The core presentation of the Hegelian Philosophy of The Master and Slave is that when one consciousness meets the other the stronger one will enslave the other. If the slave does not revolt this status quo will remain; and neither becomes conscious. If The Slave becomes conscious there is revolution. Only then is The Master conscious as well. Only when The Slave revolts is either The Slave or Master conscious. In summation, only in revolution is there a transformation of consciousness internally and externally. Only when someone stands up and curses “F*** the authorities”, like say, Jesus, is either party compelled toward the realization of consciousness.

In today’s war world, the only revolution is change through peaceful means; through understanding. The Philosophy of The Master and Slave is profound and worthy of further reading and research. But now to add to the idea, the world is never just black and white. The world may be primarily made up of the black-and-white condition of masters and slaves, but, as in all things, there are grey areas as well. Perhaps this is how people can so easily deny they are in either predicament.

Masters and Slaves — Worldlings and the Worldly

To understand this predicament, as with all comprehensive thinking, one must consider this situation using a matrix of four. Our divided world is made up not only of the Masters and the Slaves, but also of the Worldlings and the Worldly. The Worldlings support and eat off of the Master/Slave system, while the Worldly support the Slaves and seek to instigate revolt, in order to spark the development of consciousness of the Slaves and Masters both.

As much as possible, wherever it is, we must call out the Masters and the Worldlings for what they are; purveyors and benefactors of slavery. And at the same time we must make every attempt to inspire more Slaves to become Worldly and shake off the shackles — and their shacklers — from their backs.

Perhaps one of the most crucial adjustments to make and inspire others to pursue is to actively distinguish individuals from institutions, and more subtly, constructs of individuation from those of institutionalization. In order to accomplish this important recognition, focused examination is required. One need not a complex theory or philosophy, just a recognition of the institutions and individuals around us. Ask yourself:

Are the four types of institutions — government, religious, corporate and media — truly serving our society, or are they corrupting situations, or both?

Why do I accept it as normal that our nation’s leaders lie? That individuals are acting as if they are institutions, hiding behind the protection of institutional veils?

In a just world where righteousness was the norm, would corporations need to pirate the rights of individuals, of personhood? Would government take rights away from the people and grant them to corporations?

Would religious institutions, supposedly the bastions of charity, be among the world’s wealthiest?

Would the media fail to report on major world events while circulating others on endless repeat?

Government corrupts culture, religion corrupts spirituality, corporations corrupt exchange, and media corrupts thinking and intuition around you…

While institutional encroachment on our society continues, perhaps the most important distinction we can maintain today is always to differentiate between individuals and institutions. he Worldly may spark the consciousness that ends the Master/Slave cycle of corruption.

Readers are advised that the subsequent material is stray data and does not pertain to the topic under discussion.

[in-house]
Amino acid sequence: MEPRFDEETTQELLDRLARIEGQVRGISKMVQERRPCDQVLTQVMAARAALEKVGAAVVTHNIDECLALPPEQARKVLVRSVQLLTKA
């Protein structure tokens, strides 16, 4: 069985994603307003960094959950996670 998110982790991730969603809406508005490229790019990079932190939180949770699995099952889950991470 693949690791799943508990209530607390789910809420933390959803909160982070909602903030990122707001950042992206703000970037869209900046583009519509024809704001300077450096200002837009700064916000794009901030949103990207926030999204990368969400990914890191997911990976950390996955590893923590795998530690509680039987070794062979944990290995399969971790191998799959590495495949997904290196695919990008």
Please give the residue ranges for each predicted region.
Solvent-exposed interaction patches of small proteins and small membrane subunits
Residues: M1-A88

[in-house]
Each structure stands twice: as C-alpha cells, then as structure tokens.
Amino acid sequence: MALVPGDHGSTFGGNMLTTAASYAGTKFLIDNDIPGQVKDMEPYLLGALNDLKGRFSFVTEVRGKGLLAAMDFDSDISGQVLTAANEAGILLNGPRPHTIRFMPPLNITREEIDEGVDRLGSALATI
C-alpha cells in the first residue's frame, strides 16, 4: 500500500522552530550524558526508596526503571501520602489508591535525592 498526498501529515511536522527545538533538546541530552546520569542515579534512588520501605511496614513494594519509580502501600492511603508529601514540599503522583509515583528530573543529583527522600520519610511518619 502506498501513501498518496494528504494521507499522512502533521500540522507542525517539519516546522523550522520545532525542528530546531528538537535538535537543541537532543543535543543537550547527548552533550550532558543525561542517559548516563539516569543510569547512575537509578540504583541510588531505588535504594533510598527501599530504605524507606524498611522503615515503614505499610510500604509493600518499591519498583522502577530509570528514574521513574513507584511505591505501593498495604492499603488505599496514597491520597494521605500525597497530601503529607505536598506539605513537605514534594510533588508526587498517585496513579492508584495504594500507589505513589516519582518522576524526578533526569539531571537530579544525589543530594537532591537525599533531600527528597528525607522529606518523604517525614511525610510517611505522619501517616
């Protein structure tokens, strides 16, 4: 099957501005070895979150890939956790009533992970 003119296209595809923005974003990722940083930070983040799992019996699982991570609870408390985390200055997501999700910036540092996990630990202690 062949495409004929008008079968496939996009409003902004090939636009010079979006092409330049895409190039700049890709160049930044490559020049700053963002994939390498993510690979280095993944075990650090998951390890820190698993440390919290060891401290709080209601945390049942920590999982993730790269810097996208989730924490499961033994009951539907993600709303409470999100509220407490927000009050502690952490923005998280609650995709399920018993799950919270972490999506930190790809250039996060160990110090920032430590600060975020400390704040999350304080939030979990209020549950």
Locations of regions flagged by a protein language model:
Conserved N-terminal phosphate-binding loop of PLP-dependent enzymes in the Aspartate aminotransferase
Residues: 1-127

Peace on Earth.

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Comment by Cian Rhys on September 25, 2017 at 3:27am

One point I partially disagree with, is that, Government corrupts culture; I think what is more prevalent, is just the opposite, as politics is downstream from culture...

Our lives — indeed, our very species — has storytelling wound into our DNA. From the earliest cave drawings, man has expressed himself in terms of story. Ancient civilizations understood that stories are vital to understanding our place in the world, so much so that they codified storytelling and found base rules that form it. Oral histories are a part of every culture across the globe.

Stories instill moral and ethical values. They place joy and tragedy in context. They preserve cultures. At their best, they deliver the secrets and meanings of life.

As Dr. Neal Baer, the longtime showrunner of Law & Order: SVU tells in my book Inside the TV Writer’s Room, humans live story on a daily basis. What happens when your run into a friend? He asks what you’ve been up to. You tell a story.

What did you do today? You relate it in the form of a story. Doctors tell each other the story of a patient in order to diagnose her. Lawyers attempt to tell jurors a story through direct and cross-examinations, and opening and closing statements. Businessmen tell the story of their product. Stock investors try to suss out a company’s story to see if it is a good investment.

Most importantly, it isn’t only the text that is important. It is also a story’s context and it’s subtext that deliver messages. It’s those messages that are significant in this article.

Popular culture is delivered to us in the form of story via books, TV, film, music, video games, and new media. Obviously, most of us are there to simply be entertained. However, along with that entertainment comes messaging. It may not be intentional. Oftentimes, it isn’t (and the job of critics to tease out unexpected thematics or commentary).

So whenever we view a piece of popular culture, we should ask what messages it delivers. What values are espoused or rejected? What is the moral of the story? How did the characters change? What did they learn? What means did they use to their ends? Finally, how do you feel about the answers to these questions?

Because whether you like it or not, or believe it or not, the messaging of popular culture is resonating inside everyone’s conscious and subconscious mind. And if those messages are not consonant with the things you hold dear, then it is incumbent upon you to challenge yourself. First ask why it threatens you, and then, if appropriate, accept or reject the message. Never reject it out of hand. Do yourself the favor of letting yourself be challenged, in the event you make a discovery about something that never occurred to you.

Thus we come to politics. Given the influence that story has on our everyday lives, and that popular culture is barraging us with story on a regular basis, we must remain ever vigilant as to the messaging in those stories.

Regardless of one’s ideological, moral, ethical, or religious leanings, every person should be aware of the messaging of every piece of popular culture...  ~Lawrence Meyers